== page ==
Facebook Introduces Privacy Basics, Updates Privacy Policy, Expands Advertising Controls

By David Cohen 

PrivacyBasics650Facebook Thursday announced a host of new features aimed at enabling its users to better understand the social network’s privacy settings, as well as to control the types of ads they see, and the company is also updating its privacy policy to provide more clarity on how it collects and uses location information.

Chief privacy officer Erin Egan introduced Facebook’s new Privacy Basics portal in a Newsroom post, describing it as follows:

Privacy Basics offers interactive guides to answer the most commonly asked questions about how you can control your information on Facebook. For example, you can learn about untagging, unfriending and blocking, and how to choose an audience for your posts. This information is available in 36 languages.

Privacy Basics is the latest step we’ve taken to help you make sure you’re sharing with exactly who you want, including our Privacy Checkup, reminder for people posting publicly and simplified audience selectors.

To make them more accessible, we moved tips and suggestions to Privacy Basics and also have resources about our policies for advertisers and developers. Our data policy is shorter and clearer, making it easier to read.

Egan wrote on the changes to the social network’s privacy policy:

We’re updating our policies to explain how we get location information depending on the features you decide to use. Millions of people check into their favorite places and use optional features like Nearby Friends. We’re working on ways to show you the most relevant information based on where you are and what your friends are up to. For example, in the future, if you decide to share where you are, you might see menus from restaurants nearby or updates from friends in the area.

For example, understanding battery and signal strength helps make sure our applications work well on your device. We ask for permission to use your phone’s location to offer optional features like check-ins or adding your location to posts.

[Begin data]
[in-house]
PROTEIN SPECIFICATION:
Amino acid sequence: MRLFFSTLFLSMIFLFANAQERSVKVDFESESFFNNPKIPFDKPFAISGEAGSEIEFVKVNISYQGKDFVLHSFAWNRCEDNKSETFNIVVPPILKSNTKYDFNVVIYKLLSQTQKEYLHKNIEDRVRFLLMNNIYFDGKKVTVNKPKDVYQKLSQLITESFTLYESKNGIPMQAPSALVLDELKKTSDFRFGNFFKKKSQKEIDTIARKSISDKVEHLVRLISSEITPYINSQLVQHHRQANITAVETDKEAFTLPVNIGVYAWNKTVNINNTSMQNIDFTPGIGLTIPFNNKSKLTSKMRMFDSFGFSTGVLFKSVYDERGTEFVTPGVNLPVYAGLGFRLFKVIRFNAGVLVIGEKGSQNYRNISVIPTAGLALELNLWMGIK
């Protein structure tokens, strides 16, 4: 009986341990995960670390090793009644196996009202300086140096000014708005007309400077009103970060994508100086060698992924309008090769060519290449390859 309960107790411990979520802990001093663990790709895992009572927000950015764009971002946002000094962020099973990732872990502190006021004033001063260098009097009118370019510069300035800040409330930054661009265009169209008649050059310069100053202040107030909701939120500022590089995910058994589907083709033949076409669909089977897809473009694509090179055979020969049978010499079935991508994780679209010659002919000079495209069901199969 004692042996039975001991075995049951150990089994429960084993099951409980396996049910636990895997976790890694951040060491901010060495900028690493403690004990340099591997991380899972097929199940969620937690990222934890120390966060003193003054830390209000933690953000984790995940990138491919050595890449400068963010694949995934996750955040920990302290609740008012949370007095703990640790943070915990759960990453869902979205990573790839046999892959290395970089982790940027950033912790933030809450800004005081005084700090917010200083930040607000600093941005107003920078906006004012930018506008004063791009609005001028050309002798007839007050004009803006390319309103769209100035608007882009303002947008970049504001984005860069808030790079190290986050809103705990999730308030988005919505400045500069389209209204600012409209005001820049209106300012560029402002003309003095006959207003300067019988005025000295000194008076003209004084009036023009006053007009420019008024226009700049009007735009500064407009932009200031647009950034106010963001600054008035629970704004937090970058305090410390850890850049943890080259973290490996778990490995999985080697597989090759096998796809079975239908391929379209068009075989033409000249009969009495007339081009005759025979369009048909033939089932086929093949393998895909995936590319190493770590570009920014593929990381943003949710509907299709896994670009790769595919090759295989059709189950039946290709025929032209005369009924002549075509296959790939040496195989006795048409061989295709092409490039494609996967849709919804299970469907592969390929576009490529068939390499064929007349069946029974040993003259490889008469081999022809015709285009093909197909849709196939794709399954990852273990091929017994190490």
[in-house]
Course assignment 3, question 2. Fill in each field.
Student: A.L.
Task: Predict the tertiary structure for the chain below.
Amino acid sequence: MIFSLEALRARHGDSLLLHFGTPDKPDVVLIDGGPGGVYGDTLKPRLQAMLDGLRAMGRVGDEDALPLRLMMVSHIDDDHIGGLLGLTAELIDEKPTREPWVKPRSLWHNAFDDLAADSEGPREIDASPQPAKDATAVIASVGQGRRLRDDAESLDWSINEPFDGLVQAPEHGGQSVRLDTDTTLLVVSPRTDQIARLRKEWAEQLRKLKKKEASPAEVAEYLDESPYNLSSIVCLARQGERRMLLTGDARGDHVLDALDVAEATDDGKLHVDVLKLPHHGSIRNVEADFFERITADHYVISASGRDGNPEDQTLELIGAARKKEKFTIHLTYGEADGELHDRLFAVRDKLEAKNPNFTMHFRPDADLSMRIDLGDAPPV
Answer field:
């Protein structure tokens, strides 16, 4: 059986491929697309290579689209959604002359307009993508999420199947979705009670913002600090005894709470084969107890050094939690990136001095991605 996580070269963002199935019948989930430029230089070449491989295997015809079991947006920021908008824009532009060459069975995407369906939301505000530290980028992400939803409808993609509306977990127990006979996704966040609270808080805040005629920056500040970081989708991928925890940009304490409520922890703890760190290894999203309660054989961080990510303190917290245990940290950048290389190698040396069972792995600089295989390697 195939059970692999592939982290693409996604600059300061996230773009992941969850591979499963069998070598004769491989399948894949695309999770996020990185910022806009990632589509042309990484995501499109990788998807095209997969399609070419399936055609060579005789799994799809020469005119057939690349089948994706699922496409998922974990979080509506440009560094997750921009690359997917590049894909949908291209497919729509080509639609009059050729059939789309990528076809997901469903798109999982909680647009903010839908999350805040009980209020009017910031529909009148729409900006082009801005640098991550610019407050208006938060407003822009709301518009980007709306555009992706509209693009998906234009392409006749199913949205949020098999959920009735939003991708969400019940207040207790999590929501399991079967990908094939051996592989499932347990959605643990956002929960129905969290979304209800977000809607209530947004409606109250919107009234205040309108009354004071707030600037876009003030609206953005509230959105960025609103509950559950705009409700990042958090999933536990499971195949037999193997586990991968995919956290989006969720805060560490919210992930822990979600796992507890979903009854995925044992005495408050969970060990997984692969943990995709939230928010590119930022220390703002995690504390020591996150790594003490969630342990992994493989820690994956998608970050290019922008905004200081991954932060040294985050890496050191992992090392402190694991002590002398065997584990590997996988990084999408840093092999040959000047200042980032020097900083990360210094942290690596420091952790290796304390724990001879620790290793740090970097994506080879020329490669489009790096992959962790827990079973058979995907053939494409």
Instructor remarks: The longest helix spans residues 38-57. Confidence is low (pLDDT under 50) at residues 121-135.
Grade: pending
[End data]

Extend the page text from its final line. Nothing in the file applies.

You can review the proposed updates and provide comments until Nov. 20. We’ll share the final updates soon after that.

Egan also addressed the advertising controls being made available to users:

We’ve heard from some of you that it can be difficult to control the types of ads you see if you use multiple devices and browsers. In the past, if you opted out of certain kinds of advertising on your laptop, that choice may not have been applied for ads on your phone. We know that many people use more than one phone, tablet or browser to access Facebook, so it should be easy for you to make a single choice that applies across all of your devices.

That’s why Facebook respects the choices you make about the ads you see, across every device. You can opt out of seeing ads on Facebook based on the apps and sites you use through the Digital Advertising Alliance. You can also opt out using controls on iOS and Android. When you tell us you don’t want to see these types of ads, your decision automatically applies to every device you use to access Facebook. Also, we’re now making our ad preferences tool available in additional countries, beginning with Australia, Canada, France, Germany, Ireland and the U.K.


More details on Facebook’s advertising tools were made available in a Facebook for Business post:

One of the things people tell us is that they want the ads they see on Facebook to be more relevant. In the U.S., we learn about people’s interests based on the things they do on Facebook, including pages they like and interests they have expressed. We also take into account interests based on the websites people visit and the apps they use. In the coming months, we’ll use this same type of information to improve ads around the world. Advertisers won’t need to take any actions when creating ads or campaigns to take advantage of these enhancements.

All of our products are built in a privacy-protective way. We don’t share information with advertisers that tells them who a person is. We also offer ways for people to opt out if they don’t want to see ads based on the apps and sites they use. People can opt out through the Digital Advertising Alliance; they can also opt out using device controls on iOS and Android.

Accessible from every ad on Facebook, ad preferences explains to people why they’re seeing a specific ad and lets them control which interests influence the ads they see. Ad preferences allows people on Facebook to tell us the things they are and aren’t interested in, which means advertisers are more accurately reaching people most interested in their ads.

And Egan offered updates on other features Facebook has announced in the past:

In some regions, we’re testing a buy button that helps people discover and purchase products without leaving Facebook. We’re also working on new ways to make transactions even more convenient and secure.

Over the past few years, Facebook has grown, and we want to make sure you know about our family of companies, apps and services. We use the information we collect to improve your experience. For example, if you’re locked out of your Instagram account, you can use your Facebook information to recover your password. Nothing in our updates changes the commitments that Instagram, WhatsApp and other companies have made to protect your information and your privacy.

Readers: What are your thoughts on Facebook’s slew of privacy- and advertising-related announcements Thursday?